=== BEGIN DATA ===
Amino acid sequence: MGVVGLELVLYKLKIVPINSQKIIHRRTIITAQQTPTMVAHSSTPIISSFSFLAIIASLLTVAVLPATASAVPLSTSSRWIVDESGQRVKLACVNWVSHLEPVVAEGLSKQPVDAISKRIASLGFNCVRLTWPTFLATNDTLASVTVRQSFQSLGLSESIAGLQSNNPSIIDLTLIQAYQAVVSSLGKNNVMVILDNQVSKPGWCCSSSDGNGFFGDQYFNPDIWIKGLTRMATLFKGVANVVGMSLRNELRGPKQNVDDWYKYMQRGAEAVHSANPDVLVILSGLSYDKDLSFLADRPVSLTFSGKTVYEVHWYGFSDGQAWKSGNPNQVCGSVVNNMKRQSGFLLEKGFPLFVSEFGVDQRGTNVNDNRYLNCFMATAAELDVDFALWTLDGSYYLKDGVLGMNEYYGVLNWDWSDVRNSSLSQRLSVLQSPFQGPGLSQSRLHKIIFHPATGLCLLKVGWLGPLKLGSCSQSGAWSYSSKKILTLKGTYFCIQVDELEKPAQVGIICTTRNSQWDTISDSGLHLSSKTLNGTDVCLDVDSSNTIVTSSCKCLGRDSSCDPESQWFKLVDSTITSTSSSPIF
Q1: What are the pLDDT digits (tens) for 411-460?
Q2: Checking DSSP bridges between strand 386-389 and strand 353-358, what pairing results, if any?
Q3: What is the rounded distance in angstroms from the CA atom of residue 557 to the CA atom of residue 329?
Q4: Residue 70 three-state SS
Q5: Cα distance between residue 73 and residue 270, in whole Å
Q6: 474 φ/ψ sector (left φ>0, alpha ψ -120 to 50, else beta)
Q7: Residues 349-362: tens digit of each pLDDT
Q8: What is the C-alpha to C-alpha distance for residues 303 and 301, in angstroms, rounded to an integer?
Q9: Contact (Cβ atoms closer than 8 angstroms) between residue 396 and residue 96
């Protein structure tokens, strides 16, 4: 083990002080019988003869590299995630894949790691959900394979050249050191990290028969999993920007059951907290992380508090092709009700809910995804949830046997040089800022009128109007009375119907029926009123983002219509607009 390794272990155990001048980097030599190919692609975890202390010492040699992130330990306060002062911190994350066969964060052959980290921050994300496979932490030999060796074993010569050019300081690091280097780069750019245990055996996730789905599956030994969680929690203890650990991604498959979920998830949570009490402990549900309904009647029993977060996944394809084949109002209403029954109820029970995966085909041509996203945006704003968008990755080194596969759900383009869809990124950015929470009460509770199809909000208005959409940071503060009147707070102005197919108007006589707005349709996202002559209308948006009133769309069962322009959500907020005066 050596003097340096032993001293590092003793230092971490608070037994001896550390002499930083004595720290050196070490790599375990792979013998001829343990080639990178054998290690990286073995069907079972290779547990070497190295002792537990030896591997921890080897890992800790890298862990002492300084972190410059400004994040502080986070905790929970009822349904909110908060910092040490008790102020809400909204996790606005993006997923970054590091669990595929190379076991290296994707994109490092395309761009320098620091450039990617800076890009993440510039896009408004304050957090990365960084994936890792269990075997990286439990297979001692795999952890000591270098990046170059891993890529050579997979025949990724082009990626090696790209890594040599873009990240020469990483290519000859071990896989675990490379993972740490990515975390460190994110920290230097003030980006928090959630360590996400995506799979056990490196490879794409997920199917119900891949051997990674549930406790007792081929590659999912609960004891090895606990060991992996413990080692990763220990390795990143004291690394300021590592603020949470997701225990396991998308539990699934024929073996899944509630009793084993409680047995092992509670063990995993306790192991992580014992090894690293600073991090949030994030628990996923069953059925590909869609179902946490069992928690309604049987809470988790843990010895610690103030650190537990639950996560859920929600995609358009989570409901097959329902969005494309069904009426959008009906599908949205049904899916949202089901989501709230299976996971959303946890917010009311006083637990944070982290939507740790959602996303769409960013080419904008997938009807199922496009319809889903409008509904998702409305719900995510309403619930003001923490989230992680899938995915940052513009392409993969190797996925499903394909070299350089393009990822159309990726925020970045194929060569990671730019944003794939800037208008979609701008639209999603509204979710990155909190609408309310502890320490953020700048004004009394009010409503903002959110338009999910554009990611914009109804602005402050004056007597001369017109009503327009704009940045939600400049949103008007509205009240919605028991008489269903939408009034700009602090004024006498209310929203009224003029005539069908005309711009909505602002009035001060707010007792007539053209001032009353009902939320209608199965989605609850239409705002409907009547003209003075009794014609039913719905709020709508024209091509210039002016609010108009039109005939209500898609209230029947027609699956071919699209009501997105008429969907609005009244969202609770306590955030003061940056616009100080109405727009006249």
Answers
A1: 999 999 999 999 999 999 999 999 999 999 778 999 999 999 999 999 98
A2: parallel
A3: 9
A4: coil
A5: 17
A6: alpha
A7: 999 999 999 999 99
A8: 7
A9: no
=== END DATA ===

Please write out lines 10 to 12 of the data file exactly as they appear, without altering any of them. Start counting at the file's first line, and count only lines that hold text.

Q9: Contact (Cβ atoms closer than 8 angstroms) between residue 396 and residue 96
């Protein structure tokens, strides 16, 4: 083990002080019988003869590299995630894949790691959900394979050249050191990290028969999993920007059951907290992380508090092709009700809910995804949830046997040089800022009128109007009375119907029926009123983002219509607009 390794272990155990001048980097030599190919692609975890202390010492040699992130330990306060002062911190994350066969964060052959980290921050994300496979932490030999060796074993010569050019300081690091280097780069750019245990055996996730789905599956030994969680929690203890650990991604498959979920998830949570009490402990549900309904009647029993977060996944394809084949109002209403029954109820029970995966085909041509996203945006704003968008990755080194596969759900383009869809990124950015929470009460509770199809909000208005959409940071503060009147707070102005197919108007006589707005349709996202002559209308948006009133769309069962322009959500907020005066 050596003097340096032993001293590092003793230092971490608070037994001896550390002499930083004595720290050196070490790599375990792979013998001829343990080639990178054998290690990286073995069907079972290779547990070497190295002792537990030896591997921890080897890992800790890298862990002492300084972190410059400004994040502080986070905790929970009822349904909110908060910092040490008790102020809400909204996790606005993006997923970054590091669990595929190379076991290296994707994109490092395309761009320098620091450039990617800076890009993440510039896009408004304050957090990365960084994936890792269990075997990286439990297979001692795999952890000591270098990046170059891993890529050579997979025949990724082009990626090696790209890594040599873009990240020469990483290519000859071990896989675990490379993972740490990515975390460190994110920290230097003030980006928090959630360590996400995506799979056990490196490879794409997920199917119900891949051997990674549930406790007792081929590659999912609960004891090895606990060991992996413990080692990763220990390795990143004291690394300021590592603020949470997701225990396991998308539990699934024929073996899944509630009793084993409680047995092992509670063990995993306790192991992580014992090894690293600073991090949030994030628990996923069953059925590909869609179902946490069992928690309604049987809470988790843990010895610690103030650190537990639950996560859920929600995609358009989570409901097959329902969005494309069904009426959008009906599908949205049904899916949202089901989501709230299976996971959303946890917010009311006083637990944070982290939507740790959602996303769409960013080419904008997938009807199922496009319809889903409008509904998702409305719900995510309403619930003001923490989230992680899938995915940052513009392409993969190797996925499903394909070299350089393009990822159309990726925020970045194929060569990671730019944003794939800037208008979609701008639209999603509204979710990155909190609408309310502890320490953020700048004004009394009010409503903002959110338009999910554009990611914009109804602005402050004056007597001369017109009503327009704009940045939600400049949103008007509205009240919605028991008489269903939408009034700009602090004024006498209310929203009224003029005539069908005309711009909505602002009035001060707010007792007539053209001032009353009902939320209608199965989605609850239409705002409907009547003209003075009794014609039913719905709020709508024209091509210039002016609010108009039109005939209500898609209230029947027609699956071919699209009501997105008429969907609005009244969202609770306590955030003061940056616009100080109405727009006249």
Answers